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Course Details

National Security Cases in Federal Court
#6711

Type

SEM

Credits

2 cr.

Senior Writing

Yes

Student Year

2L/3L

Description:

The objective of this two-credit seminar is to use case and statute readings, class discussions, and student presentations to give its participants a thorough grounding in the unique investigative and legal tools that are used in the investigation and trial of a criminal national security case (terrorism and espionage) in federal district court. After analyzing the main statutes in the field, such as material support to a foreign terrorist organization, topics covered will include the use of the Foreign Intelligence Surveillance Act as an investigative tool; the extraterritorial application of U.S. criminal laws, and the legal structure applicable to U.S. law enforcement agents when they are working outside the United States; the procedures of the Classified Information Procedures Act that come into play when classified information may be relevant to a criminal case; and the choice between military commissions, law of armed conflict detention, and federal criminal trials for terrorism defendants. Class participation is important to a thorough examination of these issues. Students’ grades will be based one-third on class participation, and two-thirds on the writing of a paper. Topics for the paper/presentation can be of the students’ choosing (with the instructor’s approval), or can be selected from a list to be provided by the instructor. Papers of appropriate length that are submitted for this seminar may satisfy the third year writing requirement. The seminar’s enrollment is limited to sixteen students. Participants in the seminar must either have completed Criminal Procedure or commit to reading, before the first seminar session, a set of readings chosen by the instructor on the topics of search and seizure, the Fourth Amendment’s warrant clause and its exceptions, and the exclusionary rule.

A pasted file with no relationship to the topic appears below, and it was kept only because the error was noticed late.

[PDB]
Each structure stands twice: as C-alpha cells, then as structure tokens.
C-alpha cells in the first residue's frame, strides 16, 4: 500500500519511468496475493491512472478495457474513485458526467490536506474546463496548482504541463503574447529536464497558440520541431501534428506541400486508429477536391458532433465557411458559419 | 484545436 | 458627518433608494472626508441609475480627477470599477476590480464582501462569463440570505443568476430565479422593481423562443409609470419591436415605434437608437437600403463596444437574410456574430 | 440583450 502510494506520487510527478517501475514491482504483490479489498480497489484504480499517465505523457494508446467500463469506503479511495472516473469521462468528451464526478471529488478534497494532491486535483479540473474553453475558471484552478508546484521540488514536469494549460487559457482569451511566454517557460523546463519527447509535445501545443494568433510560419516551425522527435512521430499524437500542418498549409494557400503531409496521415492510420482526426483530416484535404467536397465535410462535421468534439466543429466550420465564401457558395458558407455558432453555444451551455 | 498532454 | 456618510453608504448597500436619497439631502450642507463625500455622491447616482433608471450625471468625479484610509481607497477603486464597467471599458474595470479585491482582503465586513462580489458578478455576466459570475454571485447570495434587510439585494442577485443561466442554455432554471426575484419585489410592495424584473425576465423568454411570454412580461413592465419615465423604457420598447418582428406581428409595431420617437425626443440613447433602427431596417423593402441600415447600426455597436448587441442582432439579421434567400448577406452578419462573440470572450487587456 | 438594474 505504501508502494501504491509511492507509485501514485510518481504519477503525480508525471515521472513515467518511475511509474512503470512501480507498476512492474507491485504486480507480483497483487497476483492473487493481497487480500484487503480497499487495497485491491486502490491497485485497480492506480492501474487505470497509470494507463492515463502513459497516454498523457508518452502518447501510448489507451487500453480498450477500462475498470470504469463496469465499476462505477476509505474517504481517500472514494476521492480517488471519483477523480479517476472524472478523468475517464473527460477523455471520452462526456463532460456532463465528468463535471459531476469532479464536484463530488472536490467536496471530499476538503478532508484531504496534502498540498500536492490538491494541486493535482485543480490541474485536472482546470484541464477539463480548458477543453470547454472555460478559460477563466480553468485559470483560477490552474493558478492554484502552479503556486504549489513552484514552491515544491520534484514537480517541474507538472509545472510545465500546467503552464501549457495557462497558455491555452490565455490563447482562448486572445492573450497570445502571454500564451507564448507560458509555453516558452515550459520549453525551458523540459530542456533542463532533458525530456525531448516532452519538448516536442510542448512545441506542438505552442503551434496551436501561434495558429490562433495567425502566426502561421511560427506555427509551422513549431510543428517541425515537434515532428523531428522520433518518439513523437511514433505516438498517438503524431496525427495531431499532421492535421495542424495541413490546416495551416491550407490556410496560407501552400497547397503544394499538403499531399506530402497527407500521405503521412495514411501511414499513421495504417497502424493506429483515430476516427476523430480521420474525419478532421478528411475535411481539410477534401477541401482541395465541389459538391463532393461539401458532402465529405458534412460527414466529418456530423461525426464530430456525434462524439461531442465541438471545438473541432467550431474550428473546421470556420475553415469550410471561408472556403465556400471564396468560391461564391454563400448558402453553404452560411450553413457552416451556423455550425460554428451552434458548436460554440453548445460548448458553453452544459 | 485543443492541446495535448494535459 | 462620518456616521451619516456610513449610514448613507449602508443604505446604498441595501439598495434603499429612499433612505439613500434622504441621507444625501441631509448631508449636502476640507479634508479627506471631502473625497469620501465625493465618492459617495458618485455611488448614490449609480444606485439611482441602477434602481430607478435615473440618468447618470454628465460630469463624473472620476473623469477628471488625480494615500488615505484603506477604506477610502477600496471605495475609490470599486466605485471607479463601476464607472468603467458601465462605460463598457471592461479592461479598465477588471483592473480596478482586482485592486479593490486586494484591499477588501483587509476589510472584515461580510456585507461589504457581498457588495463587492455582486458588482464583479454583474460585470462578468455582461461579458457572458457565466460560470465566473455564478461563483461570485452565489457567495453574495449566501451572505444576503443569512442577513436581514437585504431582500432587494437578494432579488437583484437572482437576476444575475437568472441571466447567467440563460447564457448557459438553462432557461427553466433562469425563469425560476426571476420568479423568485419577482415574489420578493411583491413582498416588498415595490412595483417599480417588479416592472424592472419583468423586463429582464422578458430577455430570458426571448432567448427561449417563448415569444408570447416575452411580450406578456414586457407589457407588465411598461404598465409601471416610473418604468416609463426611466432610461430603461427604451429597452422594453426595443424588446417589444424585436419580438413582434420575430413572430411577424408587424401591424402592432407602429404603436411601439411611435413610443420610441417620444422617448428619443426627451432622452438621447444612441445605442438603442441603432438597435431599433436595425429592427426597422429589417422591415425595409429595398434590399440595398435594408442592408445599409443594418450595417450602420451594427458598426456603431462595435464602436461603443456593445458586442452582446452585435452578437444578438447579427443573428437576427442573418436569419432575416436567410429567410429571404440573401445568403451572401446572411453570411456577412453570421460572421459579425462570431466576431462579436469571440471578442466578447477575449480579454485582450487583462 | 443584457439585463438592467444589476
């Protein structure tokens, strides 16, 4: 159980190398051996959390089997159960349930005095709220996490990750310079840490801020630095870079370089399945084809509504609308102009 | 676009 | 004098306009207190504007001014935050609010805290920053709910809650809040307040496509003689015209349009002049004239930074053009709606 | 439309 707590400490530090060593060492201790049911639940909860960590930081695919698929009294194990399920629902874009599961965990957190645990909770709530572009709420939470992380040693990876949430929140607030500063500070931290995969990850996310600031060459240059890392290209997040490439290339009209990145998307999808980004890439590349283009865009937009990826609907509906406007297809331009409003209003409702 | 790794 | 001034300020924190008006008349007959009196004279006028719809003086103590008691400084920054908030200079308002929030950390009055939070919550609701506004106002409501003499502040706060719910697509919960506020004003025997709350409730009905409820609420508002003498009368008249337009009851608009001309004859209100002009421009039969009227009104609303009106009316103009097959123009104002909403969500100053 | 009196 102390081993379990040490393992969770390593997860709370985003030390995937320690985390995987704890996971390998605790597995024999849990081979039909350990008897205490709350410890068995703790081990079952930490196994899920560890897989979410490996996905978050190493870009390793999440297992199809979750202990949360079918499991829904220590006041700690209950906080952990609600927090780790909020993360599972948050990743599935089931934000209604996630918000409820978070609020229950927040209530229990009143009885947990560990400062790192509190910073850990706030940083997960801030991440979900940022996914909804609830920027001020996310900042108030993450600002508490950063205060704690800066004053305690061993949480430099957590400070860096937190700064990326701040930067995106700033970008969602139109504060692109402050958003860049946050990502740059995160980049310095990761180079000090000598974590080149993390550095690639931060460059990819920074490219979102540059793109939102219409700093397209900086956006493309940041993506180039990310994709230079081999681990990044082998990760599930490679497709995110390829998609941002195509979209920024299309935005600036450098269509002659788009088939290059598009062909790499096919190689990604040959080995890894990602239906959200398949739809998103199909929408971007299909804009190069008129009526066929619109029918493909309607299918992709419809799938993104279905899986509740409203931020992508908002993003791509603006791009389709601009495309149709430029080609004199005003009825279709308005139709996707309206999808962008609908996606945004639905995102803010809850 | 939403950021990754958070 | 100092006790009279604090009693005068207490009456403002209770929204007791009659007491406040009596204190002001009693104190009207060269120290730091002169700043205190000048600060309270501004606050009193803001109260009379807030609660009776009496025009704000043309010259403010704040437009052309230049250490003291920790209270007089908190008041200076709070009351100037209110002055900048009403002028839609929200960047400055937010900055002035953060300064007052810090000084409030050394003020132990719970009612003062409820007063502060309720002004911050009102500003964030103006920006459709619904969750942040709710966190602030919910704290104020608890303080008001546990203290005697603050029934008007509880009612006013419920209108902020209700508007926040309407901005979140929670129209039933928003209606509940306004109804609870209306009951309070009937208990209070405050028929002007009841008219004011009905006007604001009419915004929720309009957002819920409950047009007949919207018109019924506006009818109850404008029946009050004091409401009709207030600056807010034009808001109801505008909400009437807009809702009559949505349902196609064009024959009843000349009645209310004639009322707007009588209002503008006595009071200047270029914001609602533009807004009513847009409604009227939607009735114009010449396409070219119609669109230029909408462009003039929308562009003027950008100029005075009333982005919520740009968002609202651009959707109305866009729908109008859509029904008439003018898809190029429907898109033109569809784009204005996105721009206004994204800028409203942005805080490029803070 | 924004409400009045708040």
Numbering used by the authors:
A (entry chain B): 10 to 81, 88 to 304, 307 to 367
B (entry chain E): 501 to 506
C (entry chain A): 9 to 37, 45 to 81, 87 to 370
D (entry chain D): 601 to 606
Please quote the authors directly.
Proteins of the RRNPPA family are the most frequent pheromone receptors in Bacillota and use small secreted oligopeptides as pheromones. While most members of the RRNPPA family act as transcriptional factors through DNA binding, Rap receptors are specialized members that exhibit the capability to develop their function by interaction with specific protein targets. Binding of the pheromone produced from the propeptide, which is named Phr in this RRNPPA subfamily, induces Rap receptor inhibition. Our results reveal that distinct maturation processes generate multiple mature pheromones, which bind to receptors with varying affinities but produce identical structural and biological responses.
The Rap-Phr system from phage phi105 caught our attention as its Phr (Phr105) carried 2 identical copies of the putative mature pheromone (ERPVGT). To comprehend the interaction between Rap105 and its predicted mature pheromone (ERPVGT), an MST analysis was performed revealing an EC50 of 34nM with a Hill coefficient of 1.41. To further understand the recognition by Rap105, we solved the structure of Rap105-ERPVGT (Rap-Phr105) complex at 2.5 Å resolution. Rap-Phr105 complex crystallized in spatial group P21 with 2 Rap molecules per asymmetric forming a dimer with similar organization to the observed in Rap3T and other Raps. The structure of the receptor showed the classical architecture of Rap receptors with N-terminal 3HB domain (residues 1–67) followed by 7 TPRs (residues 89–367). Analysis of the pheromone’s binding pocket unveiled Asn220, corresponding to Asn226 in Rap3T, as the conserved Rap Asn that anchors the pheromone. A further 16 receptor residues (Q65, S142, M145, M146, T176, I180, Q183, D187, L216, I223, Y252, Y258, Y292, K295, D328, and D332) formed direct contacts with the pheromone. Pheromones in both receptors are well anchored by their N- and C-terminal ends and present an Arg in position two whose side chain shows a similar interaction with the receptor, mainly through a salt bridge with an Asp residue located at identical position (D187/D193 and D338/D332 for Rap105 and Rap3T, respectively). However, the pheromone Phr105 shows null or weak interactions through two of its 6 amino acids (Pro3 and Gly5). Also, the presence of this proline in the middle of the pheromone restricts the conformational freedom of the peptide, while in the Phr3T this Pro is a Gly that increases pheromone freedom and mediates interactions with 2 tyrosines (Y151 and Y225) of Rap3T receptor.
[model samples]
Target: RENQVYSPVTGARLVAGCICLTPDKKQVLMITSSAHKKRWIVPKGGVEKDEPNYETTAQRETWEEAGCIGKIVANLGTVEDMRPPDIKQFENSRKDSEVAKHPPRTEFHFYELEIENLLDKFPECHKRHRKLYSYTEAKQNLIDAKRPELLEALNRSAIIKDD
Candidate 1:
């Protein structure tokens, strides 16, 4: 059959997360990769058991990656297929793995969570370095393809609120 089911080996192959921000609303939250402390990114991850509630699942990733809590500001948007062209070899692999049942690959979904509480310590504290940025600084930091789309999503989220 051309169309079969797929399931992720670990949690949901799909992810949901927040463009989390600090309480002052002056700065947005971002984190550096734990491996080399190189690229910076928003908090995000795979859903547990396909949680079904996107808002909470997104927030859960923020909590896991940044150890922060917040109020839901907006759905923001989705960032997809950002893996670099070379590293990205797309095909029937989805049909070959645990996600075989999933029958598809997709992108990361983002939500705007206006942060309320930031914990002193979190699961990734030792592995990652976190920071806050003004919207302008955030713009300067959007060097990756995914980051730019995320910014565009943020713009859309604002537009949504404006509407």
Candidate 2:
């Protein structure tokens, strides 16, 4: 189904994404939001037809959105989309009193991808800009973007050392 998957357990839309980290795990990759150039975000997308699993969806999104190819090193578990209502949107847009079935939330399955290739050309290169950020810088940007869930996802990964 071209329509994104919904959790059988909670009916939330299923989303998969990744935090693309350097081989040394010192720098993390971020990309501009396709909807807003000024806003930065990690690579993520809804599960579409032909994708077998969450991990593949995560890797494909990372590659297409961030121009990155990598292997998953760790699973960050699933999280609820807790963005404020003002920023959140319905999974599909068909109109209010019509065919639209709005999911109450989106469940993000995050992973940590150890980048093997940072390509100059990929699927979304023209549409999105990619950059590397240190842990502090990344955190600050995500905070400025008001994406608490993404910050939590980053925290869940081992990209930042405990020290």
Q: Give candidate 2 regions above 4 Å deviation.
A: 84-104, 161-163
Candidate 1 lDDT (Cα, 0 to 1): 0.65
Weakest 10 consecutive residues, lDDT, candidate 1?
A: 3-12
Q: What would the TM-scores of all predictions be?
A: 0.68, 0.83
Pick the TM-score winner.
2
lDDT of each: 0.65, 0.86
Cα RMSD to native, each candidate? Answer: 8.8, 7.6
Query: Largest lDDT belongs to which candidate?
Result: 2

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Sections

Spring 2014: National Security Cases in Federal Court

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  • Adjunct Professor John F Docherty

Type

SEM

Credits

2

Prerequisites

Criminal Procedure or readings chosen by the instructor

Senior Writing?

Yes

Student Year

2L/3L

Details:

The objective of this two credit seminar is to use structured readings, class discussions, and student presentations to give its participants a thorough grounding in the unique investigative and legal tools that are used in the investigation and trial of a criminal national security case in federal district court. After analyzing the main statutes in the field, such as material support to a foreign terrorist organization, topics covered will include the use of the Foreign Intelligence Surveillance Act as an investigative tool; the extraterritorial application of U.S. criminal laws, and the legal structure applicable to U.S. law enforcement agents when they are working outside the United States; the challenges posed by the existence of classified information that may be relevant to a criminal case and whether the Classified Information Procedures Act adequately remedies those challenges; the choice between military commissions and federal criminal trials for terrorism defendants; and a critical examination of the various legal rationalizations that have been advanced for the detention of terrorism suspects. Class participation is important to a thorough and educational examination of these issues. Students’ grades will be based one-third on class participation, and two-thirds on the writing of a paper, approximately twenty pages long, and that paper’s presentation and defense to their fellow seminar participants. Topics for the paper/presentation can be of the students’ choosing (with the instructor’s approval), or can be selected from a list to be provided by the instructor. Participants in the seminar must either have completed Criminal Procedure or be willing to read, before the first seminar session, a set of readings chosen by the instructor on the topics of search and seizure, the Fourth Amendment’s warrant clause and its exceptions, and the exclusionary rule.

(no readings)